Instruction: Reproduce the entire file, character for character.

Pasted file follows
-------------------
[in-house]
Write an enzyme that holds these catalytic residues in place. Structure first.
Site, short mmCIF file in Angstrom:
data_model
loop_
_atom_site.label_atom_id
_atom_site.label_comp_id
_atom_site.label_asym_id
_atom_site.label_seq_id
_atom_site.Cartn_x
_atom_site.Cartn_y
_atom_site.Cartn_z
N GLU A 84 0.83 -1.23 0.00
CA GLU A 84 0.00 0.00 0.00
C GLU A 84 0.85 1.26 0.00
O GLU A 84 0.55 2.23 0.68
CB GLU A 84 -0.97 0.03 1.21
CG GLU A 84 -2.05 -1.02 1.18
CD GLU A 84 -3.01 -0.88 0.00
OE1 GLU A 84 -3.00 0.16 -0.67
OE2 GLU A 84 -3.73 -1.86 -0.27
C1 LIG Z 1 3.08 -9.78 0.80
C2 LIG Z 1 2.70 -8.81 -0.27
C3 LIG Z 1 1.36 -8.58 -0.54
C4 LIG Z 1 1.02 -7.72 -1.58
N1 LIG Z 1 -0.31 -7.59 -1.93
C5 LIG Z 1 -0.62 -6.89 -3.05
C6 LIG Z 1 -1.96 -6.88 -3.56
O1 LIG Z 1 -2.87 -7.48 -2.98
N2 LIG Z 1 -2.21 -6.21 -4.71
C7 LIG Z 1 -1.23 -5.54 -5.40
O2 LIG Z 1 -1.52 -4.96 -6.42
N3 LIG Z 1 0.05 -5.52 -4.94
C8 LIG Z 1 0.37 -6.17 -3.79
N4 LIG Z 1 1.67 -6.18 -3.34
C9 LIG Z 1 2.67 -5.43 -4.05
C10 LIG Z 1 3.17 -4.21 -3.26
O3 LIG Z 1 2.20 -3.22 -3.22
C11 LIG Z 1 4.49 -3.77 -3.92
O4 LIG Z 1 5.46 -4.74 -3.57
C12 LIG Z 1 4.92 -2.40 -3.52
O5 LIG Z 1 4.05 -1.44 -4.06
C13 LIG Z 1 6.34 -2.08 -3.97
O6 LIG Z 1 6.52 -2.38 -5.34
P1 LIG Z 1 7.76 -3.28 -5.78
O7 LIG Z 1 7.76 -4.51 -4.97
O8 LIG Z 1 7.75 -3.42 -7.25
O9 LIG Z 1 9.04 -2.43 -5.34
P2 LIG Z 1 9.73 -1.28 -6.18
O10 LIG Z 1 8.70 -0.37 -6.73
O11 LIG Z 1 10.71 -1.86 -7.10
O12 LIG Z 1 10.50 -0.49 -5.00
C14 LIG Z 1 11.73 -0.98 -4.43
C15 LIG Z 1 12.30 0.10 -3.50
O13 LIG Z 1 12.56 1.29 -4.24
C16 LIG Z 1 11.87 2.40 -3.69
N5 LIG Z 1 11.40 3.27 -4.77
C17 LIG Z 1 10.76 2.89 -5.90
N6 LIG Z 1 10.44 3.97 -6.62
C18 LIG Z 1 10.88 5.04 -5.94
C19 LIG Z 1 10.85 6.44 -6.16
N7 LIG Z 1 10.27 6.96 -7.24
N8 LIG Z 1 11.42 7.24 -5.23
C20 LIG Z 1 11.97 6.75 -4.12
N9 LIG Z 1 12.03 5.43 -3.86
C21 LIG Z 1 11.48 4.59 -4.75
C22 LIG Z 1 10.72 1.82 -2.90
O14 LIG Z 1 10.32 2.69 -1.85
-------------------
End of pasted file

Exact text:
[in-house]
Write an enzyme that holds these catalytic residues in place. Structure first.
Site, short mmCIF file in Angstrom:
data_model
loop_
_atom_site.label_atom_id
_atom_site.label_comp_id
_atom_site.label_asym_id
_atom_site.label_seq_id
_atom_site.Cartn_x
_atom_site.Cartn_y
_atom_site.Cartn_z
N GLU A 84 0.83 -1.23 0.00
CA GLU A 84 0.00 0.00 0.00
C GLU A 84 0.85 1.26 0.00
O GLU A 84 0.55 2.23 0.68
CB GLU A 84 -0.97 0.03 1.21
CG GLU A 84 -2.05 -1.02 1.18
CD GLU A 84 -3.01 -0.88 0.00
OE1 GLU A 84 -3.00 0.16 -0.67
OE2 GLU A 84 -3.73 -1.86 -0.27
C1 LIG Z 1 3.08 -9.78 0.80
C2 LIG Z 1 2.70 -8.81 -0.27
C3 LIG Z 1 1.36 -8.58 -0.54
C4 LIG Z 1 1.02 -7.72 -1.58
N1 LIG Z 1 -0.31 -7.59 -1.93
C5 LIG Z 1 -0.62 -6.89 -3.05
C6 LIG Z 1 -1.96 -6.88 -3.56
O1 LIG Z 1 -2.87 -7.48 -2.98
N2 LIG Z 1 -2.21 -6.21 -4.71
C7 LIG Z 1 -1.23 -5.54 -5.40
O2 LIG Z 1 -1.52 -4.96 -6.42
N3 LIG Z 1 0.05 -5.52 -4.94
C8 LIG Z 1 0.37 -6.17 -3.79
N4 LIG Z 1 1.67 -6.18 -3.34
C9 LIG Z 1 2.67 -5.43 -4.05
C10 LIG Z 1 3.17 -4.21 -3.26
O3 LIG Z 1 2.20 -3.22 -3.22
C11 LIG Z 1 4.49 -3.77 -3.92
O4 LIG Z 1 5.46 -4.74 -3.57
C12 LIG Z 1 4.92 -2.40 -3.52
O5 LIG Z 1 4.05 -1.44 -4.06
C13 LIG Z 1 6.34 -2.08 -3.97
O6 LIG Z 1 6.52 -2.38 -5.34
P1 LIG Z 1 7.76 -3.28 -5.78
O7 LIG Z 1 7.76 -4.51 -4.97
O8 LIG Z 1 7.75 -3.42 -7.25
O9 LIG Z 1 9.04 -2.43 -5.34
P2 LIG Z 1 9.73 -1.28 -6.18
O10 LIG Z 1 8.70 -0.37 -6.73
O11 LIG Z 1 10.71 -1.86 -7.10
O12 LIG Z 1 10.50 -0.49 -5.00
C14 LIG Z 1 11.73 -0.98 -4.43
C15 LIG Z 1 12.30 0.10 -3.50
O13 LIG Z 1 12.56 1.29 -4.24
C16 LIG Z 1 11.87 2.40 -3.69
N5 LIG Z 1 11.40 3.27 -4.77
C17 LIG Z 1 10.76 2.89 -5.90
N6 LIG Z 1 10.44 3.97 -6.62
C18 LIG Z 1 10.88 5.04 -5.94
C19 LIG Z 1 10.85 6.44 -6.16
N7 LIG Z 1 10.27 6.96 -7.24
N8 LIG Z 1 11.42 7.24 -5.23
C20 LIG Z 1 11.97 6.75 -4.12
N9 LIG Z 1 12.03 5.43 -3.86
C21 LIG Z 1 11.48 4.59 -4.75
C22 LIG Z 1 10.72 1.82 -2.90
O14 LIG Z 1 10.32 2.69 -1.85